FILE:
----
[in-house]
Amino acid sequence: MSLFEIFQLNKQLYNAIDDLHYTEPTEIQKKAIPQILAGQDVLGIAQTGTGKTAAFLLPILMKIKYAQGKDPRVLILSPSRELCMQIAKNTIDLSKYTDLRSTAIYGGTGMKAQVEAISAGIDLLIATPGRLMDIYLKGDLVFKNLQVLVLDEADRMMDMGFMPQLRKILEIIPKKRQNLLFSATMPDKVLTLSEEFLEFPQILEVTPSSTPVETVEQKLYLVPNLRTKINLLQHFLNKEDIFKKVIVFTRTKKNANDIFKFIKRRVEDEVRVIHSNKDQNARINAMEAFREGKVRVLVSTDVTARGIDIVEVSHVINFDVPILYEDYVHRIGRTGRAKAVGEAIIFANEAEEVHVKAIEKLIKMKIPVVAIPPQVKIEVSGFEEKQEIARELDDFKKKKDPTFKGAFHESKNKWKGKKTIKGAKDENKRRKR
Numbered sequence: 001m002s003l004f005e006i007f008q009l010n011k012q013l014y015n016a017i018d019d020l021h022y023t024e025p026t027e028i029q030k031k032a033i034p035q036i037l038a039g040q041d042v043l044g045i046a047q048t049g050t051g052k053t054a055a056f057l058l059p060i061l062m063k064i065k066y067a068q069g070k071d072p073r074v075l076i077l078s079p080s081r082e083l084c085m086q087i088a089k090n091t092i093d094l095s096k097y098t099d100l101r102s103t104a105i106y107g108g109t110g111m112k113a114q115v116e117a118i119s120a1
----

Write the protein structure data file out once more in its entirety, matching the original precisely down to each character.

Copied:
[in-house]
Amino acid sequence: MSLFEIFQLNKQLYNAIDDLHYTEPTEIQKKAIPQILAGQDVLGIAQTGTGKTAAFLLPILMKIKYAQGKDPRVLILSPSRELCMQIAKNTIDLSKYTDLRSTAIYGGTGMKAQVEAISAGIDLLIATPGRLMDIYLKGDLVFKNLQVLVLDEADRMMDMGFMPQLRKILEIIPKKRQNLLFSATMPDKVLTLSEEFLEFPQILEVTPSSTPVETVEQKLYLVPNLRTKINLLQHFLNKEDIFKKVIVFTRTKKNANDIFKFIKRRVEDEVRVIHSNKDQNARINAMEAFREGKVRVLVSTDVTARGIDIVEVSHVINFDVPILYEDYVHRIGRTGRAKAVGEAIIFANEAEEVHVKAIEKLIKMKIPVVAIPPQVKIEVSGFEEKQEIARELDDFKKKKDPTFKGAFHESKNKWKGKKTIKGAKDENKRRKR
Numbered sequence: 001m002s003l004f005e006i007f008q009l010n011k012q013l014y015n016a017i018d019d020l021h022y023t024e025p026t027e028i029q030k031k032a033i034p035q036i037l038a039g040q041d042v043l044g045i046a047q048t049g050t051g052k053t054a055a056f057l058l059p060i061l062m063k064i065k066y067a068q069g070k071d072p073r074v075l076i077l078s079p080s081r082e083l084c085m086q087i088a089k090n091t092i093d094l095s096k097y098t099d100l101r102s103t104a105i106y107g108g109t110g111m112k113a114q115v116e117a118i119s120a1